-Letter to Thomas Wentworth Higginson
In this letter Dickinson express her feelings toward Wentworth about his critic over her poem. In her letter Dickinson tells Wentworth doesn’t want to follow his advice and tell him that his critic is a “mistake.”
-My life closed twice before its close
In the poem she is talking about death. That she doesn’t know when her time will come and that its is not important to her and that we all know about death is that there is either a “heaven” or a “hell”
-After pain, a formal feeling comes
In the poem she describes the feeling that comes after pain, she describes it as the heart questioning what it feels and the nerves sitting ceremonious. At the end she tells us the “the letting go” comes after the pain.
-I heard a fly buzz when I died
The poem tells us about someone’s death, describing it through their eyes, that while dying all they could see was a fly buzzing around and the stillness of the room and the air, and then “I could not see to see.”
-Because I could not stop Death
The poem tell us about the trip someone had about death, that death came to that person and while leading it to its final destination, “eternity” they passed through the city and saw the people there, doing their business and since when they got to their destiny, that persons feel that centuries are like short days because now that person is in Eternity.
The yellow wallpaper
Charlotte Perking Gilman
The yellow wall paper
The story is basically about a woman suffering from “neurasthenia”, her husband told her that resting would do her good and he rent a house where she could rest peacefully. In the room she was put to rest had yellow wallpaper that she detested at the beginning of the story but as time passes by she started to get an interest in the wallpaper because she starts to see eyes and neck. After a while she becomes paranoiac about and thinks that her husband and sister in law are also interested in the mystery of the wallpaper. After many nights of studying the wall paper, she finally sees women creeping behind bars on the wallpaper. She starts hallucinating and when she goes outside she imagines seeing women creeping around and looking at her. When she is about to live the house she decides to peel of the wallpaper, when she finish peeling of all the wallpaper she had already become crazy and thinks that the woman in the wallpaper is now is free.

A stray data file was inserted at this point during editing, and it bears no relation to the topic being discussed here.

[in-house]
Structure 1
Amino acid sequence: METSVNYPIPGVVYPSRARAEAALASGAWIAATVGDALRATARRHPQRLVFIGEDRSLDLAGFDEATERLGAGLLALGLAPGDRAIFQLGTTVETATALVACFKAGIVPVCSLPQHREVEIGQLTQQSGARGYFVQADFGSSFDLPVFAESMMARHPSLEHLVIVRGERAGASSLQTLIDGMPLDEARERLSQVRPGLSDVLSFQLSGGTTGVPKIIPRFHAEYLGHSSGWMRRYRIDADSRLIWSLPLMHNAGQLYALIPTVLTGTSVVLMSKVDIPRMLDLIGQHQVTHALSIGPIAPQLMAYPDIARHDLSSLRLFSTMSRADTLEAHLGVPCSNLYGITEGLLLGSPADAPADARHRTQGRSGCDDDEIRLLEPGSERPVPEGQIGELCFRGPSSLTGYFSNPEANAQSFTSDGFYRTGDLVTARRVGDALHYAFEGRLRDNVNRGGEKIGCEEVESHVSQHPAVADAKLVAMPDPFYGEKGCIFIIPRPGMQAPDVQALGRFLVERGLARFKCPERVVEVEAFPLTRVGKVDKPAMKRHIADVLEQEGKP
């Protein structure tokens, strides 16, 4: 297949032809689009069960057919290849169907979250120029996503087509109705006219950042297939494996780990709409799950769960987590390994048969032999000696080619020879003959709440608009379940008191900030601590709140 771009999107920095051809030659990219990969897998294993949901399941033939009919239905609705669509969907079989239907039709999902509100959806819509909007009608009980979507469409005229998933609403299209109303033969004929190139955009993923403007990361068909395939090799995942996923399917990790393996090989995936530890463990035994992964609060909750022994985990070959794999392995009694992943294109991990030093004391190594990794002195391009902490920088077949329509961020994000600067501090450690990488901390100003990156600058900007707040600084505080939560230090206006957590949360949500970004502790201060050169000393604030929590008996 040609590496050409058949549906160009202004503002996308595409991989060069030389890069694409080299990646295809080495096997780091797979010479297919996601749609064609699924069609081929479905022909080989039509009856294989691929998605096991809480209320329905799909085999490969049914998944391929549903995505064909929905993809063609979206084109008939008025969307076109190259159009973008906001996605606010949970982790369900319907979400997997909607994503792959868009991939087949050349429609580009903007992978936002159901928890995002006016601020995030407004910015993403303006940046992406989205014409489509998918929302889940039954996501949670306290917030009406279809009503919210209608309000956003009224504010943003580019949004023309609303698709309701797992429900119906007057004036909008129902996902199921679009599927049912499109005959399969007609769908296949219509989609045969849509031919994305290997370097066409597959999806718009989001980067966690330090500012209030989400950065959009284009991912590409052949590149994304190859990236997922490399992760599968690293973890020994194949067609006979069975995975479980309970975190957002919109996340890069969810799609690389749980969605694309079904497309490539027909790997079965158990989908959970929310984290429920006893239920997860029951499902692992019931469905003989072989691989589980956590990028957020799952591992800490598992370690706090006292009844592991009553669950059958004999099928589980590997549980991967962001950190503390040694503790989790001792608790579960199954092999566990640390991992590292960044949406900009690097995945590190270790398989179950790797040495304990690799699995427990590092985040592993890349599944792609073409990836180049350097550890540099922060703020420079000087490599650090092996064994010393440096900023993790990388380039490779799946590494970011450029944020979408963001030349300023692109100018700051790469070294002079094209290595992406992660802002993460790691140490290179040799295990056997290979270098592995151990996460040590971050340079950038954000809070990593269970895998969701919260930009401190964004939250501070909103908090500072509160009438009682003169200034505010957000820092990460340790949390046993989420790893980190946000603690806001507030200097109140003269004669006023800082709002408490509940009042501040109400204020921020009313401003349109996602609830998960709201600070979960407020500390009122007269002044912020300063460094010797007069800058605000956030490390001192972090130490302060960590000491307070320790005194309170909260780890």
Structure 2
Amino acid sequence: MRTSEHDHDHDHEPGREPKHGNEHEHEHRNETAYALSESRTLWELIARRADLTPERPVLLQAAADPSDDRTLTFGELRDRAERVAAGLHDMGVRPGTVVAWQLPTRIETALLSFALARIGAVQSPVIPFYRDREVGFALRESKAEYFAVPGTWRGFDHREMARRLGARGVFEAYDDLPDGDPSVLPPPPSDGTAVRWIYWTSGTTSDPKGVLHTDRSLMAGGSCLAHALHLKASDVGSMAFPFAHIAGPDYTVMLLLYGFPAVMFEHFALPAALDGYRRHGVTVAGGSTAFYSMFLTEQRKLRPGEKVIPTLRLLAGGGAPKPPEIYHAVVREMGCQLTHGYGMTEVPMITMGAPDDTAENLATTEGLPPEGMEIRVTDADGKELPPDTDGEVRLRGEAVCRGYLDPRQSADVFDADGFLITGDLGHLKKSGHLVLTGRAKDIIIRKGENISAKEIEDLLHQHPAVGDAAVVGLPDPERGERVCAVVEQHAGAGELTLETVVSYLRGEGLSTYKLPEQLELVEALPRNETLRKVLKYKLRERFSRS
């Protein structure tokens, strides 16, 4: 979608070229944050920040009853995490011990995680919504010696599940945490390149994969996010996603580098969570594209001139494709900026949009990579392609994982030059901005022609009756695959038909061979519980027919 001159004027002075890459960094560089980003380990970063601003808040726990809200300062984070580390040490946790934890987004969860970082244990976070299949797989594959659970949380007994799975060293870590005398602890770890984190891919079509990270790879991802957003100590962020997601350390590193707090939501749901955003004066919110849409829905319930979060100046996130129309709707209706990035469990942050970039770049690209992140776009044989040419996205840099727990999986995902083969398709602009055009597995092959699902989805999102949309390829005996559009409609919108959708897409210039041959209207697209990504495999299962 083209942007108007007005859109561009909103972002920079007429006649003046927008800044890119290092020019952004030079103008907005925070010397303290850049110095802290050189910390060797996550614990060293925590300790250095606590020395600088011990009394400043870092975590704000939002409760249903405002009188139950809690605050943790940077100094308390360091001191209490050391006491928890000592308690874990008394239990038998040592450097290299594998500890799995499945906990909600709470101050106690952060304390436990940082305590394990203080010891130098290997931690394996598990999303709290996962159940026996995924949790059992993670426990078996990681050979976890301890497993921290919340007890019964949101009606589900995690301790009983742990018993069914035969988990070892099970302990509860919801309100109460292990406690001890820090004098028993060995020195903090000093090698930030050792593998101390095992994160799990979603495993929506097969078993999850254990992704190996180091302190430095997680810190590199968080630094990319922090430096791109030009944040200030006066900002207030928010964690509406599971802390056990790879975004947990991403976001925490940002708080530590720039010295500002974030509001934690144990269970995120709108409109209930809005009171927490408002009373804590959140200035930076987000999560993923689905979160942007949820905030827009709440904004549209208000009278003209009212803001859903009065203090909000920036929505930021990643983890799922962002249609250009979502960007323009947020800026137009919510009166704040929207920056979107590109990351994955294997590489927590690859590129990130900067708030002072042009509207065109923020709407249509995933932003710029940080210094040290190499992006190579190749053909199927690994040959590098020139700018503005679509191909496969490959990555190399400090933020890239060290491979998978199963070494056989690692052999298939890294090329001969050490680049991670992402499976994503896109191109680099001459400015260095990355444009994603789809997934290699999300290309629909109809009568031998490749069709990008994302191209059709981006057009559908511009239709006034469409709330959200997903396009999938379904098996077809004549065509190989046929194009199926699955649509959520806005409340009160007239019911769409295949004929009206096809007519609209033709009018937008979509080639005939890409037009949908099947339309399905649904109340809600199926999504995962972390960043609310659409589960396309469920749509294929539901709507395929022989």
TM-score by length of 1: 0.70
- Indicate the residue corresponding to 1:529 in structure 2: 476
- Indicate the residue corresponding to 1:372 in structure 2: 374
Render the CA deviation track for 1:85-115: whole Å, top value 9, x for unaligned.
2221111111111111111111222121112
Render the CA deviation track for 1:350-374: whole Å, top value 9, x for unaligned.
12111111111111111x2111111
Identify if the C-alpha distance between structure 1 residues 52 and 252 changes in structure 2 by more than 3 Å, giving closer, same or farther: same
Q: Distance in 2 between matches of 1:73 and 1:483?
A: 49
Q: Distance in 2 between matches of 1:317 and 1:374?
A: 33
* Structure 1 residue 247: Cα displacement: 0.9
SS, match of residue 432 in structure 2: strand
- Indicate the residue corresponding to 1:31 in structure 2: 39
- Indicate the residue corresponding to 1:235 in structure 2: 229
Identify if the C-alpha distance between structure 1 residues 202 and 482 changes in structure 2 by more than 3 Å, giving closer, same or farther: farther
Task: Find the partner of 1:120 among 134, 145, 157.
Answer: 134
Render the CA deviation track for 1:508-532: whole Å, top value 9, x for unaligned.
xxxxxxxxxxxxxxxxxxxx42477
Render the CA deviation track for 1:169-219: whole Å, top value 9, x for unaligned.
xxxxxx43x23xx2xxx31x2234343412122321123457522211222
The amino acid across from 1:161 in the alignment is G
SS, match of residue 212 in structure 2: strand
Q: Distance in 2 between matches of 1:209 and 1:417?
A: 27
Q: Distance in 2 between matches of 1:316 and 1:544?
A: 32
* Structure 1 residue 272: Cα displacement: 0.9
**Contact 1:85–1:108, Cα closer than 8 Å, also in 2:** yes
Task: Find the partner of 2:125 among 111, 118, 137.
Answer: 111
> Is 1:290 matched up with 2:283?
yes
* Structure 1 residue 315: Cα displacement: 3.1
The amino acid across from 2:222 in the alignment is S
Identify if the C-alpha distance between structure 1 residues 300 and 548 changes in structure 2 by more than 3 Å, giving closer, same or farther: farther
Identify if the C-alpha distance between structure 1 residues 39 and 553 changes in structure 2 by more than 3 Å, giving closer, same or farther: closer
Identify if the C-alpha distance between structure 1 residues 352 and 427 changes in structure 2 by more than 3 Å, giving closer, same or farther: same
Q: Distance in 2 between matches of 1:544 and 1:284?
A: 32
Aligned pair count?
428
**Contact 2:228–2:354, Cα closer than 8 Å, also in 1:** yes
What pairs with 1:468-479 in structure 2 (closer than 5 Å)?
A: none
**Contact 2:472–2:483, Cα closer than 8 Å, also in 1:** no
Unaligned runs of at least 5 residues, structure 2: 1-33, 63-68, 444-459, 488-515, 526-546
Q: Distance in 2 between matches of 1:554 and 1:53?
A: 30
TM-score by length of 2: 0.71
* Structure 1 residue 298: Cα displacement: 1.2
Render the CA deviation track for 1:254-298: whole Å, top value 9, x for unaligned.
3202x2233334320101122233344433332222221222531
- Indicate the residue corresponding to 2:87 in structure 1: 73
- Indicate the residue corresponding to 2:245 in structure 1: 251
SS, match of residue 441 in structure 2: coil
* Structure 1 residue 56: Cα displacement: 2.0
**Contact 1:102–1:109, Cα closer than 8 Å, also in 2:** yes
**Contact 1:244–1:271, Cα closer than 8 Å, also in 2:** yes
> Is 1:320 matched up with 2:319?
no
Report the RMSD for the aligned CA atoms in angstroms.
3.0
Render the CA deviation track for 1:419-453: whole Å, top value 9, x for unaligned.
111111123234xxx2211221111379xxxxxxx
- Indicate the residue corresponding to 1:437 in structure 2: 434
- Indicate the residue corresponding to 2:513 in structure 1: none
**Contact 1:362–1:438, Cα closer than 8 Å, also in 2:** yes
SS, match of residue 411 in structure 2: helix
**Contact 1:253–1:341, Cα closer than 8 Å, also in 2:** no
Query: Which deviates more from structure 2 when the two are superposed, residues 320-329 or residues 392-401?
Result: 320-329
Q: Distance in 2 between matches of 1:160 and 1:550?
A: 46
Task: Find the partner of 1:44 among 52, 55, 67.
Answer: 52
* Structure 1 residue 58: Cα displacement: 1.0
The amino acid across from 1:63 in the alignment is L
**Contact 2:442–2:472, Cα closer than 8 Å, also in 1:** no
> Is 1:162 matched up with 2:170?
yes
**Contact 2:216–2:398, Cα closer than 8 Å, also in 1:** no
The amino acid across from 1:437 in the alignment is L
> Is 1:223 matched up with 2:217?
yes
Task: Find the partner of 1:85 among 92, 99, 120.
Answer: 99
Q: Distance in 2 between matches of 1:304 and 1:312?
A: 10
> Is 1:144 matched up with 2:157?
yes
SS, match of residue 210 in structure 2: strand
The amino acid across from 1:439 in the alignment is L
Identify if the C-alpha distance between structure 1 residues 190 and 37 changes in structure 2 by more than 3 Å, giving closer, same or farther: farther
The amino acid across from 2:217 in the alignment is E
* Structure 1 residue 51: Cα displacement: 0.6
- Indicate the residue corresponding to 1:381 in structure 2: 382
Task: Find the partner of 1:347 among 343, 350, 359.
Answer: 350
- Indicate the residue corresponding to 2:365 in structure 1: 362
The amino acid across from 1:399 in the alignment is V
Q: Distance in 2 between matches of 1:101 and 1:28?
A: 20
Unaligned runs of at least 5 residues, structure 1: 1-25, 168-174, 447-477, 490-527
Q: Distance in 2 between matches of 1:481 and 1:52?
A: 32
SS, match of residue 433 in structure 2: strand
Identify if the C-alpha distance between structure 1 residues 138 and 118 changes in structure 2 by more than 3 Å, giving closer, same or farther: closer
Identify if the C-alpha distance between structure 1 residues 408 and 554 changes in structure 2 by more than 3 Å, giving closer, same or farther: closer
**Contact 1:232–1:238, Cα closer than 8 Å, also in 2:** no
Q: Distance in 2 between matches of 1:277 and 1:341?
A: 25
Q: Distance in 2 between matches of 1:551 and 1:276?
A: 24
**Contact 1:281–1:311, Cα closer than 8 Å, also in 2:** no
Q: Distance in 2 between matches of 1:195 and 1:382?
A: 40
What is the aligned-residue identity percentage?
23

The story of an Hour
The story of an Hour
This short story is about Mrs. Millard. She has a heart problem, bad news has come that her husband has died in a train accident. Her sister Josephine and Richard who is her husband's friend has to break the horrifying news to her as gently as possible. They both were concerned that the news might somehow put her in great danger with her health. Ironically, Mrs. Millard reacts to the news with excitement. Even though the news is heartbreaking she is finally free from the depressing life she was living. She keeps whispering "Free! Body and soul free!". She is happy because she doesn't have to live for anyone but herself now. At the end of the story, Mr. Millard opens the door and he didn’t know about the accident. Richard tried to block Mr. Millard's view of his wife but it was too late. The doctors said she died of a heart disease. The story ends with a short phrase "of joy that kills".
This short poem is about and adolescence dreaming about her womanhood. She is alone with her mom after her dad's death, working in the field picking up tomatoes and growing oranges. She dreams about finding her love that would come for her and when he did, she would see her father with tears in his eyes.
I stand here Ironing
I stand here Ironing
This short poem describes the feelings and thoughts this person is having while ironing her family's clothes. Her dad's problems and frustrations, her mother love and her sister's cheerfulness and the things she would do to help them feel better.